The defendant's hospital records were admitted into evidence. A triage nurse recorded that the defendant's “chief complaint” was alcohol intoxication, and that the defendant was uncooperative, anxious, agitated, and had the smell of alcohol on his breath.

The defendant was convicted, upon a jury verdict, of burglary in the second degree with respect to 1168 Greene Avenue, criminal trespass in the second degree with respect to 1170 Greene Avenue, two counts of criminal mischief in the fourth degree, and criminal possession of a controlled substance in the seventh degree.

The defendant's contention that his conviction of burglary in the second degree was not supported by legally sufficient evidence is unpreserved for appellate review (see CPL 470.05[2]; People v. Diaz, 53 AD3d 504, 505). In any event, viewing the evidence in the light most favorable to the prosecution (see People v. Contes, 60 N.Y.2d 620, 621), we find that it was legally sufficient to establish the defendant's guilt of burglary in the second degree beyond a reasonable doubt (see Penal Law § 140.25; People v. Diaz, 53 AD3d at 505; People v. Flores, 303 A.D.2d 597, 598; People v. Monge, 248 A.D.2d 558, 559). Moreover, upon the exercise of our factual review power (see CPL 470.15[5] ), we are satisfied that the verdict of guilt as to that count was not against the weight of the evidence (see People v. Romero, 7 NY3d 633).

Nevertheless, a new trial is required as a result of the trial court's erroneous denial of the defendant's request for a charge on intoxication. Although intoxication is not a defense to a criminal offense, evidence of intoxication “may be offered by the defendant whenever it is relevant to negative an element of the crime charged” (Penal Law § 15.25). An intoxication charge should be issued when, viewing the evidence in a light most favorable to the defendant, there is sufficient evidence of intoxication in the record for a reasonable person to entertain a doubt as to an element on that basis (see People v. Beaty, 22 NY3d 918, 921; People v.. Farnsworth, 65 N.Y.2d 734, 735; People v. Perry, 61 N.Y.2d 849, 850–851). The evidence of intoxication in this case met this “ ‘relatively low threshold’ “ (People v. Beaty, 22 NY3d at 921, quoting People v. Gaines, 83 N.Y.2d 925, 927). Contrary to the People's contention, the error was not harmless with respect to the defendant's convictions of burglary in the second degree and criminal mischief in the fourth degree. In order for an error to be harmless, among other things, the proof of the defendant's guilt must be overwhelming (see People v. Crimmins, 36 N.Y.2d 230, 241). Here, the proof of the defendant's intent as to the crimes of burglary in the second degree and criminal mischief in the fourth degree was not overwhelming (see Penal Law §§ 140.25, 145.00). However, the error was harmless with respect to the defendant's convictions of criminal trespass in the second degree and criminal possession of a controlled substance in the seventh degree. There was overwhelming evidence of the defendant's guilt of those crimes, including overwhelming evidence that he acted knowingly as to the crime of criminal trespass in the second degree with respect to 1170 Greene Avenue (see Penal Law § 140.15 [1] ), and no significant probability that the jury would have acquitted the defendant of those counts had it not been for the error (see People v. Crimmins, 36 N.Y.2d at 242).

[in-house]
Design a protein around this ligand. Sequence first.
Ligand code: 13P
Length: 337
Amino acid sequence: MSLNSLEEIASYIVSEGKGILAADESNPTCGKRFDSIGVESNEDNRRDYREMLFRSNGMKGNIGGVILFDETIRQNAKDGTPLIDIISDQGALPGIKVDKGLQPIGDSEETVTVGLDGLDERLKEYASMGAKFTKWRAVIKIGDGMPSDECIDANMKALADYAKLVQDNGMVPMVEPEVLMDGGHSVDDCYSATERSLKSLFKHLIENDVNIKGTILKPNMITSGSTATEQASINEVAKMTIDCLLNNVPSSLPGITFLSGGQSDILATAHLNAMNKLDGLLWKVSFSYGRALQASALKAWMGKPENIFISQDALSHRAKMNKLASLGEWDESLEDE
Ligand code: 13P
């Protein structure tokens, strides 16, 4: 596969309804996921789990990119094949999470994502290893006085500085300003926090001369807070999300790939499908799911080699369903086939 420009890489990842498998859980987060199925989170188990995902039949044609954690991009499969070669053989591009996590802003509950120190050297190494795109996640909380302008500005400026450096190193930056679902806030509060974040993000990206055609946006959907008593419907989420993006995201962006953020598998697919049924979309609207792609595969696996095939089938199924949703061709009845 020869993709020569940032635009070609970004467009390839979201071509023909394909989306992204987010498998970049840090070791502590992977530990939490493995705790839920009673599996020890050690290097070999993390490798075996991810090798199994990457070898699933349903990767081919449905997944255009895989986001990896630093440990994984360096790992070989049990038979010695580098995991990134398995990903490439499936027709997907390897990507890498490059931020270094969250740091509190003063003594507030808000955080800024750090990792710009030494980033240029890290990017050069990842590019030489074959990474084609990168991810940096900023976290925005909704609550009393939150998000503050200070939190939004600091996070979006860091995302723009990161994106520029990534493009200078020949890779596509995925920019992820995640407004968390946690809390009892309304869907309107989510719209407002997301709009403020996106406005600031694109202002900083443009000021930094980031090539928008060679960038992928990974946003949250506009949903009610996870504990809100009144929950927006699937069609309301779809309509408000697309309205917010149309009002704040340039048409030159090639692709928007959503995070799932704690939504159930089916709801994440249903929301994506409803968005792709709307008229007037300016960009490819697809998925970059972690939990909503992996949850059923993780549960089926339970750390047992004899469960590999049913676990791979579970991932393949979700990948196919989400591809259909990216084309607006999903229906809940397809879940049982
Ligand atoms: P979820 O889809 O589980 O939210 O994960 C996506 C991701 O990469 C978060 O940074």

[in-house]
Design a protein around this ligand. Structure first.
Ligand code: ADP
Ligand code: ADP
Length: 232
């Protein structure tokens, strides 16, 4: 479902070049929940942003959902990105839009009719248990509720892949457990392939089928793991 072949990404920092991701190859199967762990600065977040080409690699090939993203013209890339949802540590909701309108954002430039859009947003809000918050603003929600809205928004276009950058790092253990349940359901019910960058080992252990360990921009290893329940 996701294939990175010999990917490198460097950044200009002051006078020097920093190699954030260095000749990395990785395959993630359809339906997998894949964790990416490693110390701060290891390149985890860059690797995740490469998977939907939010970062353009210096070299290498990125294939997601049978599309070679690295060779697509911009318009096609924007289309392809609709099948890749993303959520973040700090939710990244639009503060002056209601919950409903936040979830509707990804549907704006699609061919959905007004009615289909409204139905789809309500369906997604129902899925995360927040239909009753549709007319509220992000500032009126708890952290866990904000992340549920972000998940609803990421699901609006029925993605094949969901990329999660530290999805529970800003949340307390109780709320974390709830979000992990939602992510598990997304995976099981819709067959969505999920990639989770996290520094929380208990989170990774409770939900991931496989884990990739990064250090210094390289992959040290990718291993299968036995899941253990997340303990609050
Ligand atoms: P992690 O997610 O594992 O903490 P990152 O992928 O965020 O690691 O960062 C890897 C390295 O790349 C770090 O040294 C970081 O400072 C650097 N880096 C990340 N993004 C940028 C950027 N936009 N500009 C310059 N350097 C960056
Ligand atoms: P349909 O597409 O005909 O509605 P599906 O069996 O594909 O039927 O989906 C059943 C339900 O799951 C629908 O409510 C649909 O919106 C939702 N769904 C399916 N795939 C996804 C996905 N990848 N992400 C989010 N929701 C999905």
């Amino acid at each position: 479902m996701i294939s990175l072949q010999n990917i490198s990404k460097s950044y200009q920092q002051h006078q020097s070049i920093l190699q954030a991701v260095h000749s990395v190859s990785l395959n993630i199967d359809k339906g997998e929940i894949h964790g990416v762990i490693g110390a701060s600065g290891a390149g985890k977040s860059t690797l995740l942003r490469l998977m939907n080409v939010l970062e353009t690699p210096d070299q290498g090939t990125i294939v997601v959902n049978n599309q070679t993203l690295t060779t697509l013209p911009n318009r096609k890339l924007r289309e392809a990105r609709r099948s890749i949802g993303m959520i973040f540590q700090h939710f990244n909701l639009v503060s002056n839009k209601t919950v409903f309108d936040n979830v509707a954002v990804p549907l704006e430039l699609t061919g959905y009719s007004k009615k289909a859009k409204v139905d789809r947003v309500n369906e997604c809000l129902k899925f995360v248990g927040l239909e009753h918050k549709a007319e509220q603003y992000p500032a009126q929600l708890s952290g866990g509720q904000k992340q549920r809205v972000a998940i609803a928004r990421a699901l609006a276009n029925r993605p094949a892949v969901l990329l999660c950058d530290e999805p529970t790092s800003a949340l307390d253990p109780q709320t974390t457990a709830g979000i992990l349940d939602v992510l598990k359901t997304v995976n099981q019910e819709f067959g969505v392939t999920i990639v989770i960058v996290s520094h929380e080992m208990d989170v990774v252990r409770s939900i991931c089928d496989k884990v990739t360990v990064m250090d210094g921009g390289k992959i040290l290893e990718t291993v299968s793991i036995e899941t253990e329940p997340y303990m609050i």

The defendant's remaining contentions are without merit.

Accordingly, we modify the judgment by vacating the convictions of burglary in the second degree and two counts of criminal mischief in the fourth degree, affirm the judgment as so modified, and remit the matter to the Supreme Court, Kings County, for a new trial as to those counts of the indictment.